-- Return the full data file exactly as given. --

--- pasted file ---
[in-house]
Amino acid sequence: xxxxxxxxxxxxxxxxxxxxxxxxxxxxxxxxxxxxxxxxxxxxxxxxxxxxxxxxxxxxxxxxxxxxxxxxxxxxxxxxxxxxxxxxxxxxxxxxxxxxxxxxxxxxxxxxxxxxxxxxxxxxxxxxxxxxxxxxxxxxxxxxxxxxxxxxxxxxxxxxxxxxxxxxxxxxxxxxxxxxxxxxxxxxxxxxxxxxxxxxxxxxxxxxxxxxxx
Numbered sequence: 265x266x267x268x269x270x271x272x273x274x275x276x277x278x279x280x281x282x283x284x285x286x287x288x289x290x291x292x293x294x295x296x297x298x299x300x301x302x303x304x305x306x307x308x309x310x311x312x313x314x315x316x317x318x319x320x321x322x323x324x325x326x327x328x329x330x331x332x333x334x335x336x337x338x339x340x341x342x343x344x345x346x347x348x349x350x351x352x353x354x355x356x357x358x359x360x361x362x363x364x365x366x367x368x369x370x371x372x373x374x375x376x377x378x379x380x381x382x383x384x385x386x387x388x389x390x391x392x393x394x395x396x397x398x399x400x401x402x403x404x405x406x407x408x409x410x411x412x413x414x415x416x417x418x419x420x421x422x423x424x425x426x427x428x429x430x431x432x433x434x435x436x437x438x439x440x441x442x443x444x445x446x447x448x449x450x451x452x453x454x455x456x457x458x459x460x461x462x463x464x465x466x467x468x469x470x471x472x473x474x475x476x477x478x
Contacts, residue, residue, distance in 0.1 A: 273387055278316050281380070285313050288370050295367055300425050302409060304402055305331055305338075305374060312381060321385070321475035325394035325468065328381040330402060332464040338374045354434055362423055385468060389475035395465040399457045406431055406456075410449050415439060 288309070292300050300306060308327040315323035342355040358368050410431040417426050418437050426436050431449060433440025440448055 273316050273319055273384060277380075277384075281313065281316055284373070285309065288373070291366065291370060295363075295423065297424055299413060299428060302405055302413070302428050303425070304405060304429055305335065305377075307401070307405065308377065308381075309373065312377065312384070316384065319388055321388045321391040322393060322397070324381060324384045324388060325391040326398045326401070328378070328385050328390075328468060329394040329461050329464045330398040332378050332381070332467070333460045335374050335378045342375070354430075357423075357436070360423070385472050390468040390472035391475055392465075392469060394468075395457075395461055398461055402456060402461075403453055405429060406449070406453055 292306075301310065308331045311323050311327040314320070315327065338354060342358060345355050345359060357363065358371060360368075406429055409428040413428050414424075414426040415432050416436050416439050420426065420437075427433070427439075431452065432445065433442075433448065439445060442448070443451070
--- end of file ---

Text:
[in-house]
Amino acid sequence: xxxxxxxxxxxxxxxxxxxxxxxxxxxxxxxxxxxxxxxxxxxxxxxxxxxxxxxxxxxxxxxxxxxxxxxxxxxxxxxxxxxxxxxxxxxxxxxxxxxxxxxxxxxxxxxxxxxxxxxxxxxxxxxxxxxxxxxxxxxxxxxxxxxxxxxxxxxxxxxxxxxxxxxxxxxxxxxxxxxxxxxxxxxxxxxxxxxxxxxxxxxxxxxxxxxxxx
Numbered sequence: 265x266x267x268x269x270x271x272x273x274x275x276x277x278x279x280x281x282x283x284x285x286x287x288x289x290x291x292x293x294x295x296x297x298x299x300x301x302x303x304x305x306x307x308x309x310x311x312x313x314x315x316x317x318x319x320x321x322x323x324x325x326x327x328x329x330x331x332x333x334x335x336x337x338x339x340x341x342x343x344x345x346x347x348x349x350x351x352x353x354x355x356x357x358x359x360x361x362x363x364x365x366x367x368x369x370x371x372x373x374x375x376x377x378x379x380x381x382x383x384x385x386x387x388x389x390x391x392x393x394x395x396x397x398x399x400x401x402x403x404x405x406x407x408x409x410x411x412x413x414x415x416x417x418x419x420x421x422x423x424x425x426x427x428x429x430x431x432x433x434x435x436x437x438x439x440x441x442x443x444x445x446x447x448x449x450x451x452x453x454x455x456x457x458x459x460x461x462x463x464x465x466x467x468x469x470x471x472x473x474x475x476x477x478x
Contacts, residue, residue, distance in 0.1 A: 273387055278316050281380070285313050288370050295367055300425050302409060304402055305331055305338075305374060312381060321385070321475035325394035325468065328381040330402060332464040338374045354434055362423055385468060389475035395465040399457045406431055406456075410449050415439060 288309070292300050300306060308327040315323035342355040358368050410431040417426050418437050426436050431449060433440025440448055 273316050273319055273384060277380075277384075281313065281316055284373070285309065288373070291366065291370060295363075295423065297424055299413060299428060302405055302413070302428050303425070304405060304429055305335065305377075307401070307405065308377065308381075309373065312377065312384070316384065319388055321388045321391040322393060322397070324381060324384045324388060325391040326398045326401070328378070328385050328390075328468060329394040329461050329464045330398040332378050332381070332467070333460045335374050335378045342375070354430075357423075357436070360423070385472050390468040390472035391475055392465075392469060394468075395457075395461055398461055402456060402461075403453055405429060406449070406453055 292306075301310065308331045311323050311327040314320070315327065338354060342358060345355050345359060357363065358371060360368075406429055409428040413428050414424075414426040415432050416436050416439050420426065420437075427433070427439075431452065432445065433442075433448065439445060442448070443451070